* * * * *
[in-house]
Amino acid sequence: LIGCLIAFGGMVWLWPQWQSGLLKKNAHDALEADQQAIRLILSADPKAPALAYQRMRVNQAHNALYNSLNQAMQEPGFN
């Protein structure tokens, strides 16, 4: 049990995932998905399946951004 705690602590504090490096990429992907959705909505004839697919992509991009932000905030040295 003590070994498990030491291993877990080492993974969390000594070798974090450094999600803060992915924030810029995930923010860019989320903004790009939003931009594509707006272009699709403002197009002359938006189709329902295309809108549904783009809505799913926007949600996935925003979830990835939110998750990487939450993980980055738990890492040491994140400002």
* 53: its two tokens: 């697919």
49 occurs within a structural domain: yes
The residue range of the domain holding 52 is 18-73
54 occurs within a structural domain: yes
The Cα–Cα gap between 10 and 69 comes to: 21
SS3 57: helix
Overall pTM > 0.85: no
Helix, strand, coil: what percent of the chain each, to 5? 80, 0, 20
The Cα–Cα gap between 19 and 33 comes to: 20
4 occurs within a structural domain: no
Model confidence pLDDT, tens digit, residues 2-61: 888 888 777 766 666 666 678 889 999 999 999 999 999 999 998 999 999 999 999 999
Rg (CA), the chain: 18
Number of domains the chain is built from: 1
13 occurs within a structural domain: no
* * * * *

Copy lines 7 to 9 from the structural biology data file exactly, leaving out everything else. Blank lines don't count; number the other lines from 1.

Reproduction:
54 occurs within a structural domain: yes
The Cα–Cα gap between 10 and 69 comes to: 21
SS3 57: helix